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When Should You Take a Risk-based Approach to Testing and How To Implement It Right?

Editor’s note: Whether you want to ensure the coverage of critical software functionality or optimize testing efforts without compromising software quality, risk-based testing might be an option for you to consider. Below, Victor Sachuk, Test Manager and QA Consultant at ScienceSoft, shares a risk-based testing roadmap we follow to help our customers achieve their QA goals. If you want to optimize your QA with risk-based testing but doubt you have sufficient expertise to implement the approach successfully, consider our testing service offer.

Say, a customer cannot finish a payment due to a bug that went unnoticed while testing an e-store. Or a patient is prescribed a three-times higher dose of medicine due to a defect in EHR’s order prescription functionality. Though different in magnitude, both cases exemplify product risks.

To minimize risk probability and lessen their impact, I recommend taking a risk-based approach to testing. Risk-based testing (RBT) means managing, prioritizing, and executing testing activities based on the likelihood and impact of risks in different functional software modules. Read on to understand whether risk-based testing is a good fit for your project and learn how to implement it.

Risk-based testing

Does your project need risk-based testing?

I find it effective to choose risk-based testing in the following cases:

Risk-based testing cases

1. You deal with mission-critical software (e.g., online banking application, electronic health records application) and want to make sure that high-risk software modules are defect-free.

You can ensure the quality of high-risk modules by:

  • Assigning the most experienced, domain-trained test engineers to test such modules.
  • Testing high-risk modules before other application areas, at the point when defects are easier to fix.
  • Testing critical functionality with multiple data points.
  • Applying advanced software testing techniques, for instance, decision table, state transition diagram.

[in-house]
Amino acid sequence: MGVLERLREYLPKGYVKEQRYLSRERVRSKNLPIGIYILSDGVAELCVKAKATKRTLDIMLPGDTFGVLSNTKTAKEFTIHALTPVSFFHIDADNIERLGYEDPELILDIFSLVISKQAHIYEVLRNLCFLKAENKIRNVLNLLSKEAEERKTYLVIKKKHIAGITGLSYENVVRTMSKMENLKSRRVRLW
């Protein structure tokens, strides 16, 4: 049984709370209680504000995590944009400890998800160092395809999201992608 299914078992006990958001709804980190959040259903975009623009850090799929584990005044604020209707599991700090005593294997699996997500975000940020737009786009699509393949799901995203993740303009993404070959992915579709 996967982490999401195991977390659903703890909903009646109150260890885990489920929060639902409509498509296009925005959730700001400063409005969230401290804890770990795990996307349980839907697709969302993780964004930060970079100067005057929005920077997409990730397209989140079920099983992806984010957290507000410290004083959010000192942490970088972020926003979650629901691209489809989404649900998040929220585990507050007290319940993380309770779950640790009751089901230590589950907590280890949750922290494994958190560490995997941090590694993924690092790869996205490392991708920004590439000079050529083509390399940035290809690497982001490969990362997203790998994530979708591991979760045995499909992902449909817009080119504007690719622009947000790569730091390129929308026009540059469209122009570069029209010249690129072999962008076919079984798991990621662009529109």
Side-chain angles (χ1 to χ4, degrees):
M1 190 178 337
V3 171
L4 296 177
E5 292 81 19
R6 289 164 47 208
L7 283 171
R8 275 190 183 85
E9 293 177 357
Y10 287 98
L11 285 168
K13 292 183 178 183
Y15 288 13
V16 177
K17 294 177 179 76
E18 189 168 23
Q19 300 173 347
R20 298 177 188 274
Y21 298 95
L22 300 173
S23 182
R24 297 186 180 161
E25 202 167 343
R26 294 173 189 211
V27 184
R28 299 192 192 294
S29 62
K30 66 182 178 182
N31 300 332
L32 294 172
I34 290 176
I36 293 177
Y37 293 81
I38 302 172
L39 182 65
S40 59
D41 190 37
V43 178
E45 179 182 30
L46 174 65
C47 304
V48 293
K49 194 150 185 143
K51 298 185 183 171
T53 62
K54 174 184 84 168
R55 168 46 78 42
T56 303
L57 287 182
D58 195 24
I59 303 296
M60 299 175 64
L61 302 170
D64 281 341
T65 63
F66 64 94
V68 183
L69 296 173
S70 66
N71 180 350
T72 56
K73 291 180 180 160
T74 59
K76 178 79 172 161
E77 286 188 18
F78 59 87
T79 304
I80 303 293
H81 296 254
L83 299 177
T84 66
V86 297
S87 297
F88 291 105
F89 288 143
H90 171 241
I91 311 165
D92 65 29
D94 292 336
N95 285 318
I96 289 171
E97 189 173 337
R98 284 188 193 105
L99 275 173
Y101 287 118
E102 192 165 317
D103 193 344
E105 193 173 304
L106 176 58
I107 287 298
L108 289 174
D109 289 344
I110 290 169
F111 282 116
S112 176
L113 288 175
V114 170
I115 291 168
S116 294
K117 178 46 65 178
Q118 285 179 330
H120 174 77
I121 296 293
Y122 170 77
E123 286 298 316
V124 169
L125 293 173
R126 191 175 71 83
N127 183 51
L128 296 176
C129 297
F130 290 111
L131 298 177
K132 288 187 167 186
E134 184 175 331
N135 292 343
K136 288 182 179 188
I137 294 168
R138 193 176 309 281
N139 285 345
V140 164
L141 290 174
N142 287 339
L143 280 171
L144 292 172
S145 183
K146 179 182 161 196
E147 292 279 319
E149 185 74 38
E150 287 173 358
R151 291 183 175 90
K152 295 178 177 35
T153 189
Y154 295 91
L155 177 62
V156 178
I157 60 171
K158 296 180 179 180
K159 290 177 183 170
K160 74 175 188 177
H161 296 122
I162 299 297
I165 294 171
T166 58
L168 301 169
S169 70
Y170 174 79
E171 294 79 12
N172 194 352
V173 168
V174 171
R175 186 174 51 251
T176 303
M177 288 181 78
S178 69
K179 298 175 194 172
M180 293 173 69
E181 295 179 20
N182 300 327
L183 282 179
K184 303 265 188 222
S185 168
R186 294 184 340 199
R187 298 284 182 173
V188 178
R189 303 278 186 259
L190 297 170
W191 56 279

2. You follow Agile and have to cut down test coverage to stick to sprint deadlines without compromising software quality.

The key to optimizing testing in Agile is streamlining regression testing. For that, organize two regression test suits – a partial regression test suit comprised of test cases covering high-risk functionality and a full regression test suit comprising test cases covering all implemented modules. Running a partial regression test suit of a considerably smaller volume will help you speed up testing while ensuring that critical functionality is covered.

3. You follow Waterfall and have to shorten the testing phase to release on time as development took longer than estimated.

You can start validating high-risk software modules before development is finished. To exclude the chance of regression though, make sure that the test cases executed during development validate isolated software modules that won’t be affected by the implementation of new features.

Not sure if risk-based testing is the right fit for you?

Tell us a few words about your project, and we will help you determine if risk-based testing is the right way to pull off your testing goals.

ScienceSoft’s risk-based testing roadmap

To implement a risk-based approach to software testing, you may consider the roadmap we follow in our projects:

1. Identify product risks.

Cooperating with software architects and developers, who are well acquainted with an application’s risk areas, our test team analyzes software requirements, design specifications, and other available project documentation and identifies potential risks for all functional software modules.

2. Analyze the risks and prioritize software modules.

Our test team defines risk probability and impact. To state risk probability for a particular software module, we analyze its complexity, dependability on other modules, the technology used for implementation, the experience of developers with the technology, and other relevant factors. To assess risk impact, we analyze the frequency of a module’s usage, its business priority, the cost of rework, potential financial damage, and other factors. According to the identified information, we rank software modules as high-, medium-, and low-risk.

3. Plan, design, and execute testing activities according to the modules’ prioritization.

To prioritize software testing activities quicker, we rely on the following matrix:

Risk-based testing matrix

*For mission-critical software, for instance, healthcare applications, all functional modules require validation. The coverage of low-risk modules, however, can be minimal.

We assign test engineers with deepest expertise in the required domain to test high-risk modules early in the SDLC and with advanced testing techniques. Low-risk modules, on the other hand, can be validated later in the delivery cycle by test engineers with less domain expertise and using simpler testing techniques (e.g., equivalence partitioning).

4. Monitor and review the risks

Throughout the project, we monitor the risks and adjust testing activities accordingly.

Optimal test coverage with optimal effort

Risk-based testing can help you deliver high-quality software with the optimal effort. If you want to transition to a risk-based approach, consider leveraging ScienceSoft’s professional assistance backed up by 30 years of experience in software testing. If you still doubt whether risk-based testing is the key to solving your testing issues, feel free to consult me.

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